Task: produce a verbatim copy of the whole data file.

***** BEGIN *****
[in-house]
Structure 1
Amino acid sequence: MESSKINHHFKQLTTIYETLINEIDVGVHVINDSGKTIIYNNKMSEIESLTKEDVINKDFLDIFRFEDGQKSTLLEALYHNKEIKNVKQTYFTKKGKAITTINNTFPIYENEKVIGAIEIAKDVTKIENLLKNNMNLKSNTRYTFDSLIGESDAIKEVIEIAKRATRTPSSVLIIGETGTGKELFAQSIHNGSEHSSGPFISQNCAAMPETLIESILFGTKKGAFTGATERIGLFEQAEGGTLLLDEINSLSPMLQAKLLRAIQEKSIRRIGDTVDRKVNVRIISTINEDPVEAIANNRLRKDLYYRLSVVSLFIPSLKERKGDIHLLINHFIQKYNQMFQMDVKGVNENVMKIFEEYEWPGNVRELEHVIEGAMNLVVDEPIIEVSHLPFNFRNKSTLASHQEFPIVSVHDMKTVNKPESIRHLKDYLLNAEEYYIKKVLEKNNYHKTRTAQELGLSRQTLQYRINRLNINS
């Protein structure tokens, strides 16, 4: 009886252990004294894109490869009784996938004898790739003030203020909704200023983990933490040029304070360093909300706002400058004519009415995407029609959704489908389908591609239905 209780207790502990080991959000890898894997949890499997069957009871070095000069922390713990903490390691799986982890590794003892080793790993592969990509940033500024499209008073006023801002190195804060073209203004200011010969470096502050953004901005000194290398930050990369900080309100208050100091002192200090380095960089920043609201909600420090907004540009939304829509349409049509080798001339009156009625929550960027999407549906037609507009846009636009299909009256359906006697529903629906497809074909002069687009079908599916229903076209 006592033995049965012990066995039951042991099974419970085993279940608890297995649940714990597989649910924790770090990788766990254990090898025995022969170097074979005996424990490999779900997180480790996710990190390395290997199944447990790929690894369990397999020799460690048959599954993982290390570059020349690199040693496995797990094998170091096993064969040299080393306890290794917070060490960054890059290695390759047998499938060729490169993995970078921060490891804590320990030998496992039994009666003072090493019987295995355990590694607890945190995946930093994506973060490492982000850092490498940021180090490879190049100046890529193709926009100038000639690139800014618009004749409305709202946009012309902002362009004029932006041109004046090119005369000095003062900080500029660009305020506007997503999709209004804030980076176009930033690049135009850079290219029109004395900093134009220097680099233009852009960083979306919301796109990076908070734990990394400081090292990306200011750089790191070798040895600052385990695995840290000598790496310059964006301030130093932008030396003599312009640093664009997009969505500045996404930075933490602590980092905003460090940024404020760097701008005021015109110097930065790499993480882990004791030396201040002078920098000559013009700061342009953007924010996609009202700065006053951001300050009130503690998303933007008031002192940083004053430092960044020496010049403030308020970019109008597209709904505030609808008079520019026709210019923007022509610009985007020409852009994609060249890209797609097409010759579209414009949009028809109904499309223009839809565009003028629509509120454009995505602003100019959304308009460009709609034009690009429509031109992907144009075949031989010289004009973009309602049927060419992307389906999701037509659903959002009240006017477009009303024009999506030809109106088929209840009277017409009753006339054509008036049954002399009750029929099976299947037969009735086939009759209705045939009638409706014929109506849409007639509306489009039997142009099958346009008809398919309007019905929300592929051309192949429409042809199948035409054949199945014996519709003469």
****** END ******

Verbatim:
[in-house]
Structure 1
Amino acid sequence: MESSKINHHFKQLTTIYETLINEIDVGVHVINDSGKTIIYNNKMSEIESLTKEDVINKDFLDIFRFEDGQKSTLLEALYHNKEIKNVKQTYFTKKGKAITTINNTFPIYENEKVIGAIEIAKDVTKIENLLKNNMNLKSNTRYTFDSLIGESDAIKEVIEIAKRATRTPSSVLIIGETGTGKELFAQSIHNGSEHSSGPFISQNCAAMPETLIESILFGTKKGAFTGATERIGLFEQAEGGTLLLDEINSLSPMLQAKLLRAIQEKSIRRIGDTVDRKVNVRIISTINEDPVEAIANNRLRKDLYYRLSVVSLFIPSLKERKGDIHLLINHFIQKYNQMFQMDVKGVNENVMKIFEEYEWPGNVRELEHVIEGAMNLVVDEPIIEVSHLPFNFRNKSTLASHQEFPIVSVHDMKTVNKPESIRHLKDYLLNAEEYYIKKVLEKNNYHKTRTAQELGLSRQTLQYRINRLNINS
């Protein structure tokens, strides 16, 4: 009886252990004294894109490869009784996938004898790739003030203020909704200023983990933490040029304070360093909300706002400058004519009415995407029609959704489908389908591609239905 209780207790502990080991959000890898894997949890499997069957009871070095000069922390713990903490390691799986982890590794003892080793790993592969990509940033500024499209008073006023801002190195804060073209203004200011010969470096502050953004901005000194290398930050990369900080309100208050100091002192200090380095960089920043609201909600420090907004540009939304829509349409049509080798001339009156009625929550960027999407549906037609507009846009636009299909009256359906006697529903629906497809074909002069687009079908599916229903076209 006592033995049965012990066995039951042991099974419970085993279940608890297995649940714990597989649910924790770090990788766990254990090898025995022969170097074979005996424990490999779900997180480790996710990190390395290997199944447990790929690894369990397999020799460690048959599954993982290390570059020349690199040693496995797990094998170091096993064969040299080393306890290794917070060490960054890059290695390759047998499938060729490169993995970078921060490891804590320990030998496992039994009666003072090493019987295995355990590694607890945190995946930093994506973060490492982000850092490498940021180090490879190049100046890529193709926009100038000639690139800014618009004749409305709202946009012309902002362009004029932006041109004046090119005369000095003062900080500029660009305020506007997503999709209004804030980076176009930033690049135009850079290219029109004395900093134009220097680099233009852009960083979306919301796109990076908070734990990394400081090292990306200011750089790191070798040895600052385990695995840290000598790496310059964006301030130093932008030396003599312009640093664009997009969505500045996404930075933490602590980092905003460090940024404020760097701008005021015109110097930065790499993480882990004791030396201040002078920098000559013009700061342009953007924010996609009202700065006053951001300050009130503690998303933007008031002192940083004053430092960044020496010049403030308020970019109008597209709904505030609808008079520019026709210019923007022509610009985007020409852009994609060249890209797609097409010759579209414009949009028809109904499309223009839809565009003028629509509120454009995505602003100019959304308009460009709609034009690009429509031109992907144009075949031989010289004009973009309602049927060419992307389906999701037509659903959002009240006017477009009303024009999506030809109106088929209840009277017409009753006339054509008036049954002399009750029929099976299947037969009735086939009759209705045939009638409706014929109506849409007639509306489009039997142009099958346009008809398919309007019905929300592929051309192949429409042809199948035409054949199945014996519709003469």